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Review ARTICLE

Front. Cell Dev. Biol., 20 December 2018 | https://doi.org/10.3389/fcell.2018.00172

Induced Pluripotent Stem Cells to Study Mechanisms of Laminopathies: Focus on Epigenetics

  • 1Institute of Genetic and Biomedical Research, National Research Council of Italy, UOS of Milan, Milan, Italy
  • 2Humanitas Research Hospital, Rozzano, Milan, Italy

Laminopathies are a group of rare degenerative disorders that manifest with a wide spectrum of clinical phenotypes, including both systemic multi-organ disorders, such as the Hutchinson-Gilford Progeria Syndrome (HGPS), and tissue-restricted diseases, such as Emery-Dreifuss muscular dystrophy, dilated cardiomyopathy and lipodystrophies, often overlapping. Despite their clinical heterogeneity, which remains an open question, laminopathies are commonly caused by mutations in the LMNA gene, encoding the nuclear proteins Lamin A and C. These two proteins are main components of the nuclear lamina and are involved in several biological processes. Besides the well-known structural function in the nucleus, their role in regulating chromatin organization and transcription has emerged in the last decade, supporting the hypothesis that the disruption of this layer of regulation may be mechanism underlying the disease. Indeed, recent studies that show various epigenetic defects in cells carrying LMNA mutations, such as loss of heterochromatin, changes in gene expression and chromatin remodeling, strongly support this view. However, those findings are restricted to few cell types in humans, mainly because of the limited accessibility of primary cells and the difficulties to culture them ex-vivo. On the other hand, animal models might fail to recapitulate phenotypic hallmarks of the disease as of humans. To fill this gap, models based on induced pluripotent stem cell (iPSCs) technology have been recently generated that allowed investigations on diverse cells types, such as mesenchymal stem cells (MSCs), vascular and smooth muscle cells and cardiomyocytes, and provided a platform for investigating mechanisms underlying the pathogenesis of laminopathies in a cell-type specific human context. Nevertheless, studies on iPSC-based models of laminopathy have expanded only in the last few years and, with the advancement of reprogramming and differentiation protocols, their number is expecting to further increase over time. This review will give an overview of models developed thus far, with a focus on the novel insights on epigenetic mechanisms underlying the disease in different human cellular contexts. Perspectives and future directions of the field will be also given, highlighting the potential of those models for preclinical studies for identifying molecular targets and their translational impact on patients' cure.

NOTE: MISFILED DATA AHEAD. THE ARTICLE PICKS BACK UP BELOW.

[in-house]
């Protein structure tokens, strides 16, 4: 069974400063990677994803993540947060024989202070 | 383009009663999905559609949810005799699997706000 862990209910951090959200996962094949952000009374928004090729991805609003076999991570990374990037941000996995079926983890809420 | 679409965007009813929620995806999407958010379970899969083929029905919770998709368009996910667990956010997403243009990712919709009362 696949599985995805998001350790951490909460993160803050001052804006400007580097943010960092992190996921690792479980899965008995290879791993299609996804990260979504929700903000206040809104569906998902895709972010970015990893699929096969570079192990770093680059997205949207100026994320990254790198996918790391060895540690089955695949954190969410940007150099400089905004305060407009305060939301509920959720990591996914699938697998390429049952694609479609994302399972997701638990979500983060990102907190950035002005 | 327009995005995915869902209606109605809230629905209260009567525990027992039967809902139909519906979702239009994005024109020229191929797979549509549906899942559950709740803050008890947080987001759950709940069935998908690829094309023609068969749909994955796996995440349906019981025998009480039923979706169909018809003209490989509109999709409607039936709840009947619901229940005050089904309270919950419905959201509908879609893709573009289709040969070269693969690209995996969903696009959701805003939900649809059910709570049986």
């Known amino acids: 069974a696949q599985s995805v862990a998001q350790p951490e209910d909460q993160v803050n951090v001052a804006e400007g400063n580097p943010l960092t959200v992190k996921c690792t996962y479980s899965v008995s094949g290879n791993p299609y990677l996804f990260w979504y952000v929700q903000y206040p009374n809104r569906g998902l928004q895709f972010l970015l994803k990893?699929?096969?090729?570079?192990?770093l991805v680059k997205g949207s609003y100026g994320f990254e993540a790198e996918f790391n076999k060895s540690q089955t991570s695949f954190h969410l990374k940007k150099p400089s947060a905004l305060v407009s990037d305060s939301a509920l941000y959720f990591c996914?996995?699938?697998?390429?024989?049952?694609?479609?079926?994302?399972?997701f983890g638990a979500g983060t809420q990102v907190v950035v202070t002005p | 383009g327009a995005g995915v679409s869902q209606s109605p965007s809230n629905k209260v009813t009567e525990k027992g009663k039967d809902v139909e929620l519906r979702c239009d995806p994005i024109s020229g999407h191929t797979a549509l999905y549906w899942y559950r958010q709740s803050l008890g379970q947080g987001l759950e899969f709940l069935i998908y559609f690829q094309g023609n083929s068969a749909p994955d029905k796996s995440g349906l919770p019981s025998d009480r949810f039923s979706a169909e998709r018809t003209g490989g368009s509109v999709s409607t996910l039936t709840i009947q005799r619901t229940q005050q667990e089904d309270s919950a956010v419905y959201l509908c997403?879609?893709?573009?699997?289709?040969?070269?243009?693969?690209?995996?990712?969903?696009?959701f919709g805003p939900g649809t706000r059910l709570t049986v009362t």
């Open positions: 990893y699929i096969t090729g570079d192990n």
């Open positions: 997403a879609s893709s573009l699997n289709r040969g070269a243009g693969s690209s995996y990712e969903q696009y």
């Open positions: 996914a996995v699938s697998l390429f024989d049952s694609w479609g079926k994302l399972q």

Introduction

Laminopathies are a group of rare disorders that manifest with a wide spectrum of clinical phenotypes. In spite of their heterogeneity, mutations in LMNA gene, encoding the nuclear proteins Lamin A and C, represent the main common cause of this group of diseases (Burke and Stewart, 2006; Worman, 2012).

How can mutations in a single gene give rise to so many diverse and tissue-specific phenotypes is still one of the major unanswered questions in the field, and it is likely to be dependent on epigenetic mechanisms.